Fothergill’s career is mostly in blue-chip natural history, renowned for its emphasis on natural spectacles and explanatory narration. “I did the original Blue Planet and Frozen Planet and those series were principally celebratory”, he says. “When we did Frozen Planet—from about 2007 to 2011—climate change was at its most intense in the polar regions.” He adds, “we said to the BBC, ‘look, you have to allow us to make a primetime show in a BBC One slot dealing with climate change in the poles.’” The BBC obliged, commissioning a series finale exploring the consequences of climate change in the poles, entitled ‘On Thin Ice’. The episode was controversial, albeit popular, notably with Nigel Lawson—former Chancellor of the Exchequer and ex-chair of Global Warming Policy Foundation, an organisation accused of promoting climate change denial—claiming that ‘Sir David’s alarmism [about global warming] is sheer speculation’.
COMMUNICATING THE ISSUES
Fothergill is, perhaps indirectly, in a position of immense power; he can present the state of the natural world to millions of viewers. “The joy of natural history is that it travels the world—everybody loves it”, he says, “so you do have the power to move the dial if you get it right.”
“When I left the BBC in 2011”, says Fothergill, “I realised that the time had come for a mass audience, bums-on-seats, globally successful series that tries to deal with the challenges faced by our natural world.” Our Planet was the manifestation of that aim.
Each film must entice an audience to effect sustainable change. “The way you engage with the issues is through the power of the natural world, the beauty of the images”, says Fothergill. He recognises, however, that viewing film is ordinarily a passive process; as he puts it, “People come home from work and don’t watch television to be told what to do—they watch it to relax!” He offers an example to explain the difficulty of inspiring action: “Most of the world’s population is urban, so it’s very difficult for someone living in the middle of Singapore to care about an animal in Africa that they may never see.” How, then, does Fothergill intend to inspire action among viewers?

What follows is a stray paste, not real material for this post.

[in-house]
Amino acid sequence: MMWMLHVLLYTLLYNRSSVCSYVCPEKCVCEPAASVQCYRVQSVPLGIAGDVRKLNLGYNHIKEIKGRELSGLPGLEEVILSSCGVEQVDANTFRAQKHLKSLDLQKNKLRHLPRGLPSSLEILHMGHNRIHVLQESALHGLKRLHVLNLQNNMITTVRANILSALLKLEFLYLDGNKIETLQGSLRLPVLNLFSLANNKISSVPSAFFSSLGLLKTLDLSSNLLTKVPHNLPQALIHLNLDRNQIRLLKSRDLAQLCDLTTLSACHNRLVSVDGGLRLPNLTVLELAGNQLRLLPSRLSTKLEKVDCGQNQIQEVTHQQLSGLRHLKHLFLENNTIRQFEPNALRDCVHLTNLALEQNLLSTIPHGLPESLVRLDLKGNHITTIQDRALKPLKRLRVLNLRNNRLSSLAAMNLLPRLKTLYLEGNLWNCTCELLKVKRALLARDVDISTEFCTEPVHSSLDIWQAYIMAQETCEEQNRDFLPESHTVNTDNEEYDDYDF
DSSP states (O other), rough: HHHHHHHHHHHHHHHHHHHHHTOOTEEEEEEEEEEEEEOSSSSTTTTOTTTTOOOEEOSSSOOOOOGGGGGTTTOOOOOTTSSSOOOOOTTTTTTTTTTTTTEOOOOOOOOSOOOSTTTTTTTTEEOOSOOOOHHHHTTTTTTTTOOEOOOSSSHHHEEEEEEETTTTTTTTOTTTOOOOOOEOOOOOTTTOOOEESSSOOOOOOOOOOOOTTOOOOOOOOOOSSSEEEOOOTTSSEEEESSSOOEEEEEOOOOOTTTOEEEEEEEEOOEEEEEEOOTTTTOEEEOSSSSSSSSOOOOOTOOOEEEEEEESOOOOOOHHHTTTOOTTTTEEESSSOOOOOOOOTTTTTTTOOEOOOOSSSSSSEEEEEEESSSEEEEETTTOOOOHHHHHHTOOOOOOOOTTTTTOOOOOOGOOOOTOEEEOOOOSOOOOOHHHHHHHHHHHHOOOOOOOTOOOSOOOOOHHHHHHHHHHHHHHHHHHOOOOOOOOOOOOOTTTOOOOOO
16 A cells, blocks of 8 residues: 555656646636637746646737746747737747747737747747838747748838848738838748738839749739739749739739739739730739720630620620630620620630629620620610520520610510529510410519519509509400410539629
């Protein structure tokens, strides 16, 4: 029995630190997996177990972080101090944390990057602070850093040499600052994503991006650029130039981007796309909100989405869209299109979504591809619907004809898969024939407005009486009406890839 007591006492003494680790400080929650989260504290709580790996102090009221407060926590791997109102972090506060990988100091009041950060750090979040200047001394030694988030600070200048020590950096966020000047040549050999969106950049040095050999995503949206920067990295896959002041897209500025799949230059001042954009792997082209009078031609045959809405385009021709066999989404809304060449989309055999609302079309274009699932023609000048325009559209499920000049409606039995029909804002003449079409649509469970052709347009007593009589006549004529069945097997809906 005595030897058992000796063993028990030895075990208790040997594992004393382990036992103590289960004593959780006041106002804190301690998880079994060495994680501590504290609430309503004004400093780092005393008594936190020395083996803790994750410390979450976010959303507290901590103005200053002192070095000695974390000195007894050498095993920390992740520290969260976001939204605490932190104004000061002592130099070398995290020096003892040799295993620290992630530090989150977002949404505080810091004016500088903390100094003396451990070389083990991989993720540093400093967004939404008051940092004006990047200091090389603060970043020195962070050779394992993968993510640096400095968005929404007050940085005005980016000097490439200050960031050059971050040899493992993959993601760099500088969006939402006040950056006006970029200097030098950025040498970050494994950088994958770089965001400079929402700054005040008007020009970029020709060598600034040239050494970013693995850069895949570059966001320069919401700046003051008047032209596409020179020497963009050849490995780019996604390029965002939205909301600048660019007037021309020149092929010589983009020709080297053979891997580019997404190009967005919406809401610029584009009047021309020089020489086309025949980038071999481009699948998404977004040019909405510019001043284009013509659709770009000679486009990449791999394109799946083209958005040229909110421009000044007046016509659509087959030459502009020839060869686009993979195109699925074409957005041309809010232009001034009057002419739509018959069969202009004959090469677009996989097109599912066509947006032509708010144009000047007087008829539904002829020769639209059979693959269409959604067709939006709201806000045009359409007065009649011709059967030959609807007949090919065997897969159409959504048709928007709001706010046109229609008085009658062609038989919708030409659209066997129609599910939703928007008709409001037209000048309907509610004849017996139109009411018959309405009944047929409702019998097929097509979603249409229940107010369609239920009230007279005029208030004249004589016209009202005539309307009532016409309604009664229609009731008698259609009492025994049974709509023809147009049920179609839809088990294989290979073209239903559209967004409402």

To understand what needs to be done, the film must communicate the extent of the damage inflicted upon the natural world. “The film has a very hard message”, Fothergill admits, then suggests that it is delivered responsibly because it is contextualised. He suggests, “We’ve got to be careful…we must make sure there is not too much bad news.” A Life On Our Planet invites us to consider our current unsustainability by delivering Attenborough’s testimony, afterwards encouraging us to adapt. This encouragement is mostly optimistic; it demonstrates that we can effect sustainable change, instead of overlooking the damage already inflicted. “A show of 50 minutes with 45 minutes of beauty and five minutes of saying, ‘by the way, it’s all going’, is just dishonest”, Fothergill summarises.
Wildlife films can only inspire action if distributed widely. Fothergill’s production company—Silverback Films, established with Keith Scholey in 2012—partnered with Netflix to stream Our Planet. “It was early days with Netflix, we did the deal in 2014 when it had just 50 million subscribers”, he remembers. “Now, they nearly have 200 million.” It was an auspicious partnership as Netflix maximised the series’ reach and longevity. Fothergill agrees: “Netflix was the perfect partner because last year, Our Planet went out in 190 countries and, importantly, it stays on Netflix for some time—it’s still there!”